Reflection on Ash Wednesday

by Percival J. Meris on February 25, 2009

IN THE ROMAN CATHOLIC LITURGICAL CALENDAR, today marks the beginning of Lent. Today is Ash Wednesday. This is a day that reminds us that “Dust thou art, and unto dust thou shalt return.”

In the paraliturgical service I attended this morning, the priest who gave the homily mentioned that “we are nothing, and we shall return to dust from where we came.” I hope that this is just an expression that is not to be taken literally. If taken literally, I would beg to disagree because we are not “nothing” but somebody that has a special place in God’s heart.

We are spirit.

The expression “we are dusts and unto dust we shall return” refers to our physical selves. The true nature of man is that he is a spirit in essence, made unto the image of God. We are not our bodies. When we die, we really do not die, but merely shed off our bodies, worn throughout the duration of our earthly lives. Therefore, we should not fear death, for death does not fall upon us. We continue to live, because the spirit is life, and life is life. Life cannot die, because life is not death.

During our earthly lives, we are given opportunity to enhance our spirits through the cultivation of our souls. Soul and spirit are not synonymous. The soul consists of the mind, the will, and the emotion. The mind is the seat of thought. It is father to the will and emotion. Whatever thought our mind produces generates a corresponding emotion that propels the body into action. It is through the power of the will that we choose what thoughts to produce and entertain in our minds.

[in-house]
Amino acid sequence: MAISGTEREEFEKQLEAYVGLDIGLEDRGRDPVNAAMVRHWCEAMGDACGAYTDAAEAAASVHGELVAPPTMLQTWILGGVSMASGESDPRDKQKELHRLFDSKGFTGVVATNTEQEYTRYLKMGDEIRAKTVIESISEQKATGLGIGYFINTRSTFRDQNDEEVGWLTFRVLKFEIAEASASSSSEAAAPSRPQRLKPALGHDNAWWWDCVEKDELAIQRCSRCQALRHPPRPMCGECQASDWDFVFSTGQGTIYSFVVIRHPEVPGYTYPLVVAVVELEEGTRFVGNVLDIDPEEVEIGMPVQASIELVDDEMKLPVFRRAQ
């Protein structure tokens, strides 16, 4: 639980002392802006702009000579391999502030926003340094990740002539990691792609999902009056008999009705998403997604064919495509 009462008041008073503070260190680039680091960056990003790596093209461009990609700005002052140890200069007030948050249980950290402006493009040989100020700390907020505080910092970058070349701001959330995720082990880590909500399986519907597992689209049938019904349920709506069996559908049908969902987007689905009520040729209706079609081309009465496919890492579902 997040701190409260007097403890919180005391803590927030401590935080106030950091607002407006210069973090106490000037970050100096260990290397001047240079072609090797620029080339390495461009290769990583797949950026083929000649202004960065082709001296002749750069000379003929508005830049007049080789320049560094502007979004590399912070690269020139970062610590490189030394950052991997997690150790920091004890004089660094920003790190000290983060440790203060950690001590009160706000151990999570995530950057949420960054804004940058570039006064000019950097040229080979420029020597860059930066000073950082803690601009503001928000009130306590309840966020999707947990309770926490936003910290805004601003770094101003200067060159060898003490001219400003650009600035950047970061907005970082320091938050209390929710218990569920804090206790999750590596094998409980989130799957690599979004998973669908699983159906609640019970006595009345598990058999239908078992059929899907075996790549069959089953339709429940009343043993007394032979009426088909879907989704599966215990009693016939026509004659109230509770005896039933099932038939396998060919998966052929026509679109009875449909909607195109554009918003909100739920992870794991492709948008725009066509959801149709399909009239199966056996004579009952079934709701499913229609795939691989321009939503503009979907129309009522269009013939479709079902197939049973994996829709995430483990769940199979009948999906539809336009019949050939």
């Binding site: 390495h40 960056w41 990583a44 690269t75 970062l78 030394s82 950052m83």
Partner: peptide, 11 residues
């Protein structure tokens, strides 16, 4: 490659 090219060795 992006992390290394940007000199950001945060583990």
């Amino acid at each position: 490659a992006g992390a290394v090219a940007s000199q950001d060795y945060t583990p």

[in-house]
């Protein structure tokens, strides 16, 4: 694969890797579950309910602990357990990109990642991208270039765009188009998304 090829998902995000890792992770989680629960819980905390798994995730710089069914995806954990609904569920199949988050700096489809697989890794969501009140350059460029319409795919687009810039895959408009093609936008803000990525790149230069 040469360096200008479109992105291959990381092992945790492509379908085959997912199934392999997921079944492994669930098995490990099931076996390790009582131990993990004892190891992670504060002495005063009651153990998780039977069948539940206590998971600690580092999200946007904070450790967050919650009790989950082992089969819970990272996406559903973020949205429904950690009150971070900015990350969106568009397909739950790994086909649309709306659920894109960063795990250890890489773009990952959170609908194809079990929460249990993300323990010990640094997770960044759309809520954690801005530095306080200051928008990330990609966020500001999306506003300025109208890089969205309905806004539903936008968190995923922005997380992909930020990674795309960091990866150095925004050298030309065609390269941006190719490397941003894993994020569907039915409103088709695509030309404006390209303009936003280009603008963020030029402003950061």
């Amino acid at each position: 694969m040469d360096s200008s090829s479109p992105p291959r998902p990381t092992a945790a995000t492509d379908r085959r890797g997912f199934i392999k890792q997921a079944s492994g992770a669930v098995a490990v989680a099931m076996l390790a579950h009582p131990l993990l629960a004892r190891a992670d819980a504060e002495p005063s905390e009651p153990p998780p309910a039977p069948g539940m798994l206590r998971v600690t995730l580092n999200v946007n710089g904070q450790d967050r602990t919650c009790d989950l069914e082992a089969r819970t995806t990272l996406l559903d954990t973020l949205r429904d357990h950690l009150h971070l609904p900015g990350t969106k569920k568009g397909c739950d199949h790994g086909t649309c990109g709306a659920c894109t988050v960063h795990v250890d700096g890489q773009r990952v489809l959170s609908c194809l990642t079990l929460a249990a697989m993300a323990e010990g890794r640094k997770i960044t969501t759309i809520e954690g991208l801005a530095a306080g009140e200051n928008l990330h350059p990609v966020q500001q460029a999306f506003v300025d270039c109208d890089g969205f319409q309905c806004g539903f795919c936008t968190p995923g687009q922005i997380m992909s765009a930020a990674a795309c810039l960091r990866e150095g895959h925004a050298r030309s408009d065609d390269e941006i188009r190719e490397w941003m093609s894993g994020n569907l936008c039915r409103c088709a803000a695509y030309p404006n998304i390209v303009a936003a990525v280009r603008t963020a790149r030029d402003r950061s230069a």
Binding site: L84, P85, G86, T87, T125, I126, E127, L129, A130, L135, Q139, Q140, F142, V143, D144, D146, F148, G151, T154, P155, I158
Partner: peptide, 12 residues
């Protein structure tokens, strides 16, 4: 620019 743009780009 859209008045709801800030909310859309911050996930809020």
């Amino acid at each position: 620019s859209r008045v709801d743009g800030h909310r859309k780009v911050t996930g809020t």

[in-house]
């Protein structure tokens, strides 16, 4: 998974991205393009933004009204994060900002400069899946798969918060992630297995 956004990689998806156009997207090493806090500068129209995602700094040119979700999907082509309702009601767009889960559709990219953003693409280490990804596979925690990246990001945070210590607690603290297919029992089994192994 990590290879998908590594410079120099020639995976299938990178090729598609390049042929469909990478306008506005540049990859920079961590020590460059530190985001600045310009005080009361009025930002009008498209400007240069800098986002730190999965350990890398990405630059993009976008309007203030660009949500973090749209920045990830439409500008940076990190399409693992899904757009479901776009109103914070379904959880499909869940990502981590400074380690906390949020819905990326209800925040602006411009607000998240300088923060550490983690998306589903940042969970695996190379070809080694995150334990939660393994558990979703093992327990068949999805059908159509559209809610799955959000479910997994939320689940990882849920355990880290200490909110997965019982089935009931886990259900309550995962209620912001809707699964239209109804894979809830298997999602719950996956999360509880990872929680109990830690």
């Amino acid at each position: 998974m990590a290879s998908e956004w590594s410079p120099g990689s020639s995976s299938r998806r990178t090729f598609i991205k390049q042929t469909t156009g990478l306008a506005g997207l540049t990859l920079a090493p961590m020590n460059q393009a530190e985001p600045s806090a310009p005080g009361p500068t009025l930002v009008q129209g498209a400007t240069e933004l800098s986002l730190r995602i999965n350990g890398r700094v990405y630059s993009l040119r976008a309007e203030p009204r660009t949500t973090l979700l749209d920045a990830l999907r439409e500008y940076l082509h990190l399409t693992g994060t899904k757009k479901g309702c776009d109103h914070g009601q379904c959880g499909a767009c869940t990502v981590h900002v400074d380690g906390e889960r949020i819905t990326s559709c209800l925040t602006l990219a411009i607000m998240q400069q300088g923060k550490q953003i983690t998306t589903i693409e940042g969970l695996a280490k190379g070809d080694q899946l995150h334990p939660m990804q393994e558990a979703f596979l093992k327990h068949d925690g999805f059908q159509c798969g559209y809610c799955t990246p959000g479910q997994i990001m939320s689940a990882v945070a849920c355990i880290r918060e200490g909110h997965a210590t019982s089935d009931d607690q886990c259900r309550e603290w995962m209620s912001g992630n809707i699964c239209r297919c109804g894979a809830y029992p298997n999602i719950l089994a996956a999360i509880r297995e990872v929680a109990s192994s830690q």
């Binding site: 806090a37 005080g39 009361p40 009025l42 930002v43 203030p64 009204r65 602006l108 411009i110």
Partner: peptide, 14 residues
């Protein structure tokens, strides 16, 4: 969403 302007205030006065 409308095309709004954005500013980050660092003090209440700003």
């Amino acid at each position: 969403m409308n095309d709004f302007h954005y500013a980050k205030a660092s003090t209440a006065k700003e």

Our souls shape us.

Good thoughts generates good emotions that in turn leads to good actions. Good actions produces good results in our lives. Conversely, bad thoughts generate the corresponding emotions, actions, and results. If during our lifetimes we have been conditioned to think good thoughts or trained our wills to produce good thoughts, then we become good men. Good men possess good souls.

Good or bad, our souls shape our spirits accordingly. At the time of death, whatever state of mind finds us at that point of separation of body and spirit remains to be what we are after death. Our state of souls at the point of death determines whether we after death are in heaven, in hell, or in between. Since we are spirits, shaped by the soul, the cultivation of our souls during our lifetime leaves a lasting footprint on the kind of persons we are in this life and hereafter.


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